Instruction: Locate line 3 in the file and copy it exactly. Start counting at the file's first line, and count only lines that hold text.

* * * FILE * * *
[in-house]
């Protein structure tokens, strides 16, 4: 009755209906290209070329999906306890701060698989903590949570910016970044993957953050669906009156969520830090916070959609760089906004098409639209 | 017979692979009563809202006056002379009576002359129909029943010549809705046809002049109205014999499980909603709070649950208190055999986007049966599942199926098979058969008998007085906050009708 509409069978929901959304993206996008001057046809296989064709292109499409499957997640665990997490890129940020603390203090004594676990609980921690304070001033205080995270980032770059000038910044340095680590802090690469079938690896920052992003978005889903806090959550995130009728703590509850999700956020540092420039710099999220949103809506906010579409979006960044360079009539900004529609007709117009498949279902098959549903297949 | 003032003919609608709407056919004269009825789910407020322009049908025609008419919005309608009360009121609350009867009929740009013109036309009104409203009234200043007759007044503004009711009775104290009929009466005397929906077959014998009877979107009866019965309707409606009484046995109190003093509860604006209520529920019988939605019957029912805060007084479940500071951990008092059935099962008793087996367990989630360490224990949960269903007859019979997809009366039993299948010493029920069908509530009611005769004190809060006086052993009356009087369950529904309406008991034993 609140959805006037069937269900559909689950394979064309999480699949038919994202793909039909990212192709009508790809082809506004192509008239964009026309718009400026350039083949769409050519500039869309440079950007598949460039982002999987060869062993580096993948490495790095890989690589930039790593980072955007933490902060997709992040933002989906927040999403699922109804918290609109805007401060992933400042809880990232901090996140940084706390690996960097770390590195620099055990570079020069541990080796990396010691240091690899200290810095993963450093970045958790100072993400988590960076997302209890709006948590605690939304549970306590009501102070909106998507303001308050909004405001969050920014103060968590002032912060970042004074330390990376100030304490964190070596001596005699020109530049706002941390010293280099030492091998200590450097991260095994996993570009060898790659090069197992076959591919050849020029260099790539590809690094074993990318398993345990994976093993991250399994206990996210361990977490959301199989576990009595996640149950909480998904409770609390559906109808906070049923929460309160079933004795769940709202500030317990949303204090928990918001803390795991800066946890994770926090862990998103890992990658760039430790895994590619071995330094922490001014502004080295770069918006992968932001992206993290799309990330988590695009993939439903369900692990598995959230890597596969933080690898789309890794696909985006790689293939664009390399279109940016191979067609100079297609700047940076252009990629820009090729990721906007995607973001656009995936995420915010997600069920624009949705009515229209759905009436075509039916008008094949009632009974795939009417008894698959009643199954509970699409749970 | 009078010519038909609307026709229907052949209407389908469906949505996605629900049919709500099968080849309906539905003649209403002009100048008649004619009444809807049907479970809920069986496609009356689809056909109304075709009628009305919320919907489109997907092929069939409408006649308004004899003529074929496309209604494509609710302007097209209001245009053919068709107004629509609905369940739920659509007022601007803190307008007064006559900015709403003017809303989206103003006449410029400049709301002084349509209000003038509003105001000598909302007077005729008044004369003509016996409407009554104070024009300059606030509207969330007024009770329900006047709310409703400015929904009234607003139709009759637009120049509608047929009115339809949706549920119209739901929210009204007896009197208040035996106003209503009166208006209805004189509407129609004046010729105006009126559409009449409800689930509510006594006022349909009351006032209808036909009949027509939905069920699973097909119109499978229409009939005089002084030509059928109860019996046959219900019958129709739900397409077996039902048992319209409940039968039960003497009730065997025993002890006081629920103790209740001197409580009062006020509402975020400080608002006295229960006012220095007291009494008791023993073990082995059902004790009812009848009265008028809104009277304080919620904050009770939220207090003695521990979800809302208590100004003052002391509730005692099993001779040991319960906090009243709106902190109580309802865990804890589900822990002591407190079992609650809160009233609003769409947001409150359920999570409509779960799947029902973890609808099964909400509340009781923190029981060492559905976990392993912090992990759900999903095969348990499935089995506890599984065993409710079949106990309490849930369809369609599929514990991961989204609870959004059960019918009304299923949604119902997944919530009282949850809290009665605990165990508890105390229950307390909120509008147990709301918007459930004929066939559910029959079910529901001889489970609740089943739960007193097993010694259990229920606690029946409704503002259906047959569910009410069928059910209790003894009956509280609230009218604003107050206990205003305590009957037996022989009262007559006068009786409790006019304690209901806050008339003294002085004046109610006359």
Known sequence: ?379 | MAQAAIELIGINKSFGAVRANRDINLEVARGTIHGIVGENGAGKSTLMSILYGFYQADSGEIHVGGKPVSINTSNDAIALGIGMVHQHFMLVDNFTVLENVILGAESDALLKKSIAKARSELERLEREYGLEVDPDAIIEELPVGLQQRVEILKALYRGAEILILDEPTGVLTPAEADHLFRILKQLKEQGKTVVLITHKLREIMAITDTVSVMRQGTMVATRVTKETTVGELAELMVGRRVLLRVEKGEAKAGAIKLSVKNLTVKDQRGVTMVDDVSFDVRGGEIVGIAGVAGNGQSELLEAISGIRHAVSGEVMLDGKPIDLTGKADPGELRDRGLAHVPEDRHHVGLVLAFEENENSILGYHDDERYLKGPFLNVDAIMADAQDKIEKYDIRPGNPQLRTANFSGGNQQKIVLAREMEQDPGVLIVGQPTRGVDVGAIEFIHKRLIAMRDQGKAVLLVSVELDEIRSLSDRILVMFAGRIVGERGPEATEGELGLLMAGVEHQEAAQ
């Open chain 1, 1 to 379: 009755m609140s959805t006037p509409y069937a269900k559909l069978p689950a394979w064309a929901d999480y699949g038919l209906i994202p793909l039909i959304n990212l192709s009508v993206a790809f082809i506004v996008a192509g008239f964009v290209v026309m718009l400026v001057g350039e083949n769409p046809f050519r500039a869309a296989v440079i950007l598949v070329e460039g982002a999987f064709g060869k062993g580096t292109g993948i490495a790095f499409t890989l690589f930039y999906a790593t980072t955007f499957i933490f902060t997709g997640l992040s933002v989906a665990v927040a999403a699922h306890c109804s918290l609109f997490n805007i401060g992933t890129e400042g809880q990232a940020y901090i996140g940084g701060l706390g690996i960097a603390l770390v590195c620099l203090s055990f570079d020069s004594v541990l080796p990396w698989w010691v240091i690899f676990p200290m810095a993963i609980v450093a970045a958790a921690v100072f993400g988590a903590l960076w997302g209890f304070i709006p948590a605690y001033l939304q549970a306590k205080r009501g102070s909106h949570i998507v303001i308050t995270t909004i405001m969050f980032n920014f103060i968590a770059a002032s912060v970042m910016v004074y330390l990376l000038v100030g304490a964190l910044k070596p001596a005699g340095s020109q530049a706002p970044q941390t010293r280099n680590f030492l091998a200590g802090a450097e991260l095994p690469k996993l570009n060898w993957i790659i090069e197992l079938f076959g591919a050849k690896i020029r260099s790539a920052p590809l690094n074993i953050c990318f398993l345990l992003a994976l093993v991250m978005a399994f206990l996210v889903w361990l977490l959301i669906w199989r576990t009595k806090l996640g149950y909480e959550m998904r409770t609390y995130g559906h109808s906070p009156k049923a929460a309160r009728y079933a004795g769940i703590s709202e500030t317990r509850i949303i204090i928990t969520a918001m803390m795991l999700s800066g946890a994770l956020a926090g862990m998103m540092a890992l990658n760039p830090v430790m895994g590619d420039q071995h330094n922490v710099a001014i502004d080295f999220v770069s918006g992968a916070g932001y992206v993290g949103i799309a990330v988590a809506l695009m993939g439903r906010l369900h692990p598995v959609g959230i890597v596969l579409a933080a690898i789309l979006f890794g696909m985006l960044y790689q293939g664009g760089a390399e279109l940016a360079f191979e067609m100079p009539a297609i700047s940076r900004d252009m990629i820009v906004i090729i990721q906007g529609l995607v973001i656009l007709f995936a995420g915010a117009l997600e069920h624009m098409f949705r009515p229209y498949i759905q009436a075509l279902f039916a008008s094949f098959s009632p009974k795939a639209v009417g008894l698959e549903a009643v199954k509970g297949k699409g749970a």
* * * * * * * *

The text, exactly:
Known sequence: ?379 | MAQAAIELIGINKSFGAVRANRDINLEVARGTIHGIVGENGAGKSTLMSILYGFYQADSGEIHVGGKPVSINTSNDAIALGIGMVHQHFMLVDNFTVLENVILGAESDALLKKSIAKARSELERLEREYGLEVDPDAIIEELPVGLQQRVEILKALYRGAEILILDEPTGVLTPAEADHLFRILKQLKEQGKTVVLITHKLREIMAITDTVSVMRQGTMVATRVTKETTVGELAELMVGRRVLLRVEKGEAKAGAIKLSVKNLTVKDQRGVTMVDDVSFDVRGGEIVGIAGVAGNGQSELLEAISGIRHAVSGEVMLDGKPIDLTGKADPGELRDRGLAHVPEDRHHVGLVLAFEENENSILGYHDDERYLKGPFLNVDAIMADAQDKIEKYDIRPGNPQLRTANFSGGNQQKIVLAREMEQDPGVLIVGQPTRGVDVGAIEFIHKRLIAMRDQGKAVLLVSVELDEIRSLSDRILVMFAGRIVGERGPEATEGELGLLMAGVEHQEAAQ